Date PostedMarch 30, 2013

Loading and Unloading Safely Around Trucks

load safeWhen mobile plant and vehicles are physically moving within workplaces there is a high risk of injury or even death is the hazards and associated risks are not managed correctly.

The most common workplace vehicle accidents happen when reversing, loading, unloading and during pedestrian movements.

Because of this both traffic and the movement of pedestrians needs to designed, planned and controlled to ensure that there is a reduced risk to both pedestrians and vehicles.

When workplace safety is improved it reduces the incidence of injuries but is also known to improve the productivity and efficiency of the workplace.

Often workplace vehicle hazards tend to happen when:

  • When the movement of pedestrians at a workplace contacts the movements of mobile plant
  • When either mobile plant or vehicles are reversing
  • When vehicles first arrive or when they are leaving
  • During unloading and loading
  • When trailers are being hitched or unhitched
  • When drivers are getting into or out of vehicles
  • During the securing of loads
  • When maintenance work is being done

The workers who are most at risk are those that interact or work with the mobile plant and vehicles like:

  • Forklifts
  • Vans
  • Cars
  • Trucks
  • Semi trailers and trailers
  • Tractors
  • Loaders
  • Utilities
  • Buses

Other than workers people that may be at risk include customers, visitors, managers and self-employed people.

Conducting Risk assessment

The law requires that all employers must conduct regular risk assessments, identify hazards, assess the risks of injury, review the workplace procedures and devise risk control measures.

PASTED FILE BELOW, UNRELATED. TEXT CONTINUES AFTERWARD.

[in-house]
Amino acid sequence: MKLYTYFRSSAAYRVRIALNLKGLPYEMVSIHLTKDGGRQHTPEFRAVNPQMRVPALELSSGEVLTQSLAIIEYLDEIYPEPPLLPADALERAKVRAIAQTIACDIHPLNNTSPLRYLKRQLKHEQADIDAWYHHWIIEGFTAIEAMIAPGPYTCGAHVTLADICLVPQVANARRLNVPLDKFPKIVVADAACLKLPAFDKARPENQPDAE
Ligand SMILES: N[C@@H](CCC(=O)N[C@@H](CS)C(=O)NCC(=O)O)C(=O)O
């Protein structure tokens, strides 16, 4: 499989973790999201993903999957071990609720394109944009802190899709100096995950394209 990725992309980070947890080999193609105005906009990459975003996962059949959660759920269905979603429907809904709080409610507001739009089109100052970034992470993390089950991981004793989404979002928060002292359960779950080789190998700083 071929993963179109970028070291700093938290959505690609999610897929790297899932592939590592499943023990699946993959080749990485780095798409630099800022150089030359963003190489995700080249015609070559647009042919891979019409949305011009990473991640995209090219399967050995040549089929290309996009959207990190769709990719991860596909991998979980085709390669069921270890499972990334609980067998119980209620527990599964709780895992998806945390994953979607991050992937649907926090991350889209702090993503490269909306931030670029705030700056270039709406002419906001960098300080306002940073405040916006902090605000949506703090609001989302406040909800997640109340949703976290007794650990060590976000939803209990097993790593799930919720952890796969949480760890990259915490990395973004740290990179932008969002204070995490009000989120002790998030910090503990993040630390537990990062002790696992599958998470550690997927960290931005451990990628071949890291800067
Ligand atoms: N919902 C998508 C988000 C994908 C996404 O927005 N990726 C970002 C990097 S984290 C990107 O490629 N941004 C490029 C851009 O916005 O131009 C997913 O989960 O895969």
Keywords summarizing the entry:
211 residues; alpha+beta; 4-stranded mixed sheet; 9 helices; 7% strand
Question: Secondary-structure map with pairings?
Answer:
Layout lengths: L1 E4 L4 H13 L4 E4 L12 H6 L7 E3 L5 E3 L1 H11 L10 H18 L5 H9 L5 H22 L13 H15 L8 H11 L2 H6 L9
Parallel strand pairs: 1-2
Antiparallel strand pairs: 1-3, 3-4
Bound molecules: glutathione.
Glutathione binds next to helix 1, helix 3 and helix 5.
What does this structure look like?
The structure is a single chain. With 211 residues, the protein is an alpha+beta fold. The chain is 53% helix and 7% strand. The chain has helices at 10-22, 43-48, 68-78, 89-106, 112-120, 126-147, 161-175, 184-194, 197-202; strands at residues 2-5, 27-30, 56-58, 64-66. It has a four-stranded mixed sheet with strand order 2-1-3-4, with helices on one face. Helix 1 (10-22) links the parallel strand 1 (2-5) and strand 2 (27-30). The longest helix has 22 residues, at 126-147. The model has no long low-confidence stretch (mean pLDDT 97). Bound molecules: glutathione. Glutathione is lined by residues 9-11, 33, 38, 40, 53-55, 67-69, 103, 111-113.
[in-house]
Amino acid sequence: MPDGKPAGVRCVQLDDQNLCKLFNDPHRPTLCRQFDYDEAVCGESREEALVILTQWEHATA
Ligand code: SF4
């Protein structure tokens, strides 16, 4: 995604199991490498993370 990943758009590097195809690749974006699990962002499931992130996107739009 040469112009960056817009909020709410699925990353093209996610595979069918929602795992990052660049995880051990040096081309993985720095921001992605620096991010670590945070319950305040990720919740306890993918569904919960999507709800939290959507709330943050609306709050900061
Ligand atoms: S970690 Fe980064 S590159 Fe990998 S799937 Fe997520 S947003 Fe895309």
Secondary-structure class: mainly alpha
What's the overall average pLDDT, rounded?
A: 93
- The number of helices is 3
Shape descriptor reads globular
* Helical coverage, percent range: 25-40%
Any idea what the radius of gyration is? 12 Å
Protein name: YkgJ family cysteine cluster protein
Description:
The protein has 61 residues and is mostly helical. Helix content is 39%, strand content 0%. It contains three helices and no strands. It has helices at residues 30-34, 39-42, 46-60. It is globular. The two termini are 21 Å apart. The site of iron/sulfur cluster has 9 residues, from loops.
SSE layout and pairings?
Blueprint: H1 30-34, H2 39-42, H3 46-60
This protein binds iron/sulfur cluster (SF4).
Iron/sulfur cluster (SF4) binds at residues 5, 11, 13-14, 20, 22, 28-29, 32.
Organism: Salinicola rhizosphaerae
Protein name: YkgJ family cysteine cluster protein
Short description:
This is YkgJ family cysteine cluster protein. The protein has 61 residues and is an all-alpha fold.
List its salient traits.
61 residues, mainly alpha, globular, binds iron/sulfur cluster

All risks need to be controlled following the hierarchy that is included in the Workplace Health and Safety Act:

  • By eliminating the vehicle or pedestrian movement if possible, or taking away the need for vehicle reversing
  • Using safer vehicles, loading facilities, signage and road surface in place of unsafe ones
  • Working to isolate either pedestrian or vehicle movement
  • Minimising can be implemented with the use of engineering controls like handrails and pedestrian barriers
  • Administrative controls can be implemented through training, supervision and safe work procedures and by
    • Detailed and documented inductions
    • Making sure that speed limits are followed
    • Stopping reversing in designated areas or at designated times
    • Designating separate parking for work and private vehicles
    • Continuous risk monitoring to ensure that controls are working

Through the use of PPE (personal protective equipment) – this is the lowest level of control in the hierarchy

Peter Cutforth is a Director at Urban E-Learning, a global elearning and web strategy firm based in George St Brisbane. Peter's interests extend to training, safety and compliance, online marketing, and Mobile Apps.

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